Sometimes the more things change, the more they stay the same. That’s the case with the Tax Cuts and Jobs Act (TCJA) as it relates to capital gains and qualified dividends. What changed? Not a lot, actually.
First of all, the tax reform act retained the same capital gains rates on long-term capital gains and qualified dividends. Long-term capital gains rates apply when a capital asset, like stock, is held for more than one year. Short-term gains (held one year or less) are taxed at ordinary income rates.
You should know, though, that the three capital gains brackets (see our table below) are no longer aligned with the tax rates for ordinary income. These rates apply 2018 through 2025.
Individual Rates for Long-Term Capital Gains and Qualified Dividends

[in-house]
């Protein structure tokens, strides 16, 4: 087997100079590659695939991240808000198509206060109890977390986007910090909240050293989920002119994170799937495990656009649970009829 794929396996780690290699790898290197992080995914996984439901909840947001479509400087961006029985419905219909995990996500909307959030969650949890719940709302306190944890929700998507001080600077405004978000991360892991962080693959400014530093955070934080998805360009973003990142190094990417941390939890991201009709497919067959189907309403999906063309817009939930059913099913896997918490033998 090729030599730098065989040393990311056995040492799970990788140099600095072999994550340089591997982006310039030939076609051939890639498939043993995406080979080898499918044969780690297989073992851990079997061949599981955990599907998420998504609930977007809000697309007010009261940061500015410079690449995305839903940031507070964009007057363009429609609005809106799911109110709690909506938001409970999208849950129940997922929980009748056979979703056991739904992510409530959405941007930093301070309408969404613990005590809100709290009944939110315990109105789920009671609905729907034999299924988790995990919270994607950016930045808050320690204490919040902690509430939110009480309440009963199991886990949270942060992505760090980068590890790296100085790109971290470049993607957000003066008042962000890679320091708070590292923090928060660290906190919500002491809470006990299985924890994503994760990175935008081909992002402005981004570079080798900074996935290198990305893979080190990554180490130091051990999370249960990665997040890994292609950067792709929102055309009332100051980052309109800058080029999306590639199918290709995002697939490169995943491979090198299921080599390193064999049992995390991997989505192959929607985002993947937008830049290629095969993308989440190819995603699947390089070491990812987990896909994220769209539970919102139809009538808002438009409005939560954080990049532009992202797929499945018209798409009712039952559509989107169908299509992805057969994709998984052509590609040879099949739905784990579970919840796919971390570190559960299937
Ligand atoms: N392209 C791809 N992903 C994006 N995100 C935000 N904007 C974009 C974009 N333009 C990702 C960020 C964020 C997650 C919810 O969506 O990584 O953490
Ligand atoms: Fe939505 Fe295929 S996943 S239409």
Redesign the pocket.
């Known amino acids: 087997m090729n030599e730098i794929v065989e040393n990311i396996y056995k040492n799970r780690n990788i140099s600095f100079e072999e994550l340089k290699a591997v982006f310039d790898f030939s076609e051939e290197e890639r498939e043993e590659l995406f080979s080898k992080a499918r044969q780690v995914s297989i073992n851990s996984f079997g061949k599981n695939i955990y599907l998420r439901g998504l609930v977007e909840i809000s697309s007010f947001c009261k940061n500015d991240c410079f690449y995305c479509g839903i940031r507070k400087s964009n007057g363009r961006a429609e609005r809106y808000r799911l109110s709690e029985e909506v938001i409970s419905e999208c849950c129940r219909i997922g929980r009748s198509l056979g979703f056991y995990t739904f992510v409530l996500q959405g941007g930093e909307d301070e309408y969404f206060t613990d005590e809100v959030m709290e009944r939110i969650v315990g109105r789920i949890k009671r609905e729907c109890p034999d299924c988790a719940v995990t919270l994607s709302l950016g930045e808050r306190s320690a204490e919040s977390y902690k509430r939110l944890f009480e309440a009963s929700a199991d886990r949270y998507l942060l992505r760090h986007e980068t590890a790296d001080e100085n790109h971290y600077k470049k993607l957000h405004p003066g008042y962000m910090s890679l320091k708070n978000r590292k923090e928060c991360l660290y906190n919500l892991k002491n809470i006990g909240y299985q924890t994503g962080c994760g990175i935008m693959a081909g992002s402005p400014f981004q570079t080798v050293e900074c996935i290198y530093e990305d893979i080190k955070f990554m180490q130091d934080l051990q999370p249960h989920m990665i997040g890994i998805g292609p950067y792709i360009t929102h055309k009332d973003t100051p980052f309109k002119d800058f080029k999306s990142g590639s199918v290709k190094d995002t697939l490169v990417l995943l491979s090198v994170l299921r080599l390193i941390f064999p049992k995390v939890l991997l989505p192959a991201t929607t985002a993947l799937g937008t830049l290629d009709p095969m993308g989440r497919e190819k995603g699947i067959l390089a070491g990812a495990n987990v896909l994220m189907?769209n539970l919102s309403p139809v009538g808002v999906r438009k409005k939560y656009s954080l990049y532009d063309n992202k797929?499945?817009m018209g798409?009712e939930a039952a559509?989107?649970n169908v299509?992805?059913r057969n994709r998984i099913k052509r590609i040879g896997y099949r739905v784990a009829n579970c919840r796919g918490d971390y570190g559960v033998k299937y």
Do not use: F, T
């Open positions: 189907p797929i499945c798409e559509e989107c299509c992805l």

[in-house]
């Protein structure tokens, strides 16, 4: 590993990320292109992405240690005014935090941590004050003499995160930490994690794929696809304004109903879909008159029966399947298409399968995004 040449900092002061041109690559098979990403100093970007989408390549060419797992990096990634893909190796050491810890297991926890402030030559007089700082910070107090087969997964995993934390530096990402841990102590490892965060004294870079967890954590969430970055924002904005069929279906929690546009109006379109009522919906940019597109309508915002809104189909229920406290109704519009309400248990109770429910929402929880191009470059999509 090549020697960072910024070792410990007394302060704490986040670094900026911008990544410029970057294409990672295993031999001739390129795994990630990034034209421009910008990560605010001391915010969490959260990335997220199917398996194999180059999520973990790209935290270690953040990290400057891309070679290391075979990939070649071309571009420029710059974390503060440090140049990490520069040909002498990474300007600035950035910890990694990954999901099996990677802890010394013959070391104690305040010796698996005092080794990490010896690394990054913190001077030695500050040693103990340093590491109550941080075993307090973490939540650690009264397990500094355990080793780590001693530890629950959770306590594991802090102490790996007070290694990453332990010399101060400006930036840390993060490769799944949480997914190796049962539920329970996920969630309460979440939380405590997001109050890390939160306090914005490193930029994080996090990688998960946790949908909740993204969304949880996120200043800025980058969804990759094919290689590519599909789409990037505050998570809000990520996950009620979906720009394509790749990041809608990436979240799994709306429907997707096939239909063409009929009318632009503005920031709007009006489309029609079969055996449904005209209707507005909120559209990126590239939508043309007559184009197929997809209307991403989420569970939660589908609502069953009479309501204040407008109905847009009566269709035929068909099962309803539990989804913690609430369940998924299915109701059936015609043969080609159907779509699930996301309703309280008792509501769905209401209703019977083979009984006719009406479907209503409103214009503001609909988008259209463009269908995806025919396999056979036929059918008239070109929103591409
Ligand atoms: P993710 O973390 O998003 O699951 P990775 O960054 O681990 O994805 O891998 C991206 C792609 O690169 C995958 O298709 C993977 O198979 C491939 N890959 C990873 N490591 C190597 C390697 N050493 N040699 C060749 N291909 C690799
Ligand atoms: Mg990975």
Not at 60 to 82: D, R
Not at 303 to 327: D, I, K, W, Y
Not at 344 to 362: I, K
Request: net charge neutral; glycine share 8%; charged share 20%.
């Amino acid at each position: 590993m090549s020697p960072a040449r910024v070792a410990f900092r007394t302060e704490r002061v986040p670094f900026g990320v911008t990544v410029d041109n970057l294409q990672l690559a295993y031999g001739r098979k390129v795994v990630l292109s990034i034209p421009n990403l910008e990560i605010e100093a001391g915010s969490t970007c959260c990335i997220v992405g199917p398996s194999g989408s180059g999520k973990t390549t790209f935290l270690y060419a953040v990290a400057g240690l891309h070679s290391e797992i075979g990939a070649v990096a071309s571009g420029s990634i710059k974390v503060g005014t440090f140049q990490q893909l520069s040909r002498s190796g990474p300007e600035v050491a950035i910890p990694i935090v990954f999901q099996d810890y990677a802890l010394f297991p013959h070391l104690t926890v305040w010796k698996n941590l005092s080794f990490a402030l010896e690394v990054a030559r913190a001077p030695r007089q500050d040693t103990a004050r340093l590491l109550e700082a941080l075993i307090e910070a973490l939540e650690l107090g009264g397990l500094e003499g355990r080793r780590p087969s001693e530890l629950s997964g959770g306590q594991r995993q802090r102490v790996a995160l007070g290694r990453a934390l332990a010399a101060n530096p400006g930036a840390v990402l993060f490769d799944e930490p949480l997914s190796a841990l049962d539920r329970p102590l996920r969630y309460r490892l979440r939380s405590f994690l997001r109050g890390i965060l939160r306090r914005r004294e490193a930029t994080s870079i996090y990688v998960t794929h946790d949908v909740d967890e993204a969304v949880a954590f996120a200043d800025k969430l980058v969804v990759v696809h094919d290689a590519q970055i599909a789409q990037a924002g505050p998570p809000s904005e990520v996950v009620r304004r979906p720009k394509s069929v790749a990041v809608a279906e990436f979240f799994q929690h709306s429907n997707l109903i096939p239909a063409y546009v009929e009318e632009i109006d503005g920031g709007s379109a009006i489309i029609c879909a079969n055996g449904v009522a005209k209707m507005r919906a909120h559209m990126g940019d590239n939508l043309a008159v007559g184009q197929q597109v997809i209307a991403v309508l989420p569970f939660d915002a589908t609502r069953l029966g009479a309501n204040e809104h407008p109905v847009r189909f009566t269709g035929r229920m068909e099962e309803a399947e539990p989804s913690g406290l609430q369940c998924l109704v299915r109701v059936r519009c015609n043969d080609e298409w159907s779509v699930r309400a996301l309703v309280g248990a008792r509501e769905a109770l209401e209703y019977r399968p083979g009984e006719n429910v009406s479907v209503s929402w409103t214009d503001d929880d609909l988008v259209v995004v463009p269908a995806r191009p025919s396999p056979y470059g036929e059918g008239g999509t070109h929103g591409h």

|Tax Rates||Single||Married Joint Filers||Head of Household|
|0%||$0 – $38,600||$0 – $77,200||$0 – $51,700|
|15%||$38,601 – $425,800||$77,201 – $479,000||$51,701 – $452,400|
|20%||$425,801 and up||$479,001 and up||$452,401 and up|
The new rules also retained the 3.8% net investment income tax (NIIT) enacted by Obamacare. So, married taxpayers filing a joint return with income above $250,000 ($200,000 single) also will pay an additional 3.8% on top of the above rates.
Estate, Trust and Kiddie Tax Capital Gains Rates
|Tax Rates||Long-Term Capital Gains and Qualified Dividends|
|0%||$0 – $2,600|
|15%||$2,601 – $12,700|
|20%||$12,701 and up|
The kiddie tax applies when dependent children under age 19 (or 24 if a full-time student) have unearned income like capital gains and qualified dividends. Prior to 2018, the tax was calculated using the parents’ marginal tax rate. Now, there is a separate rate structure for both ordinary income and capital gains. This only applies if the child’s investment income exceeds $2,100.
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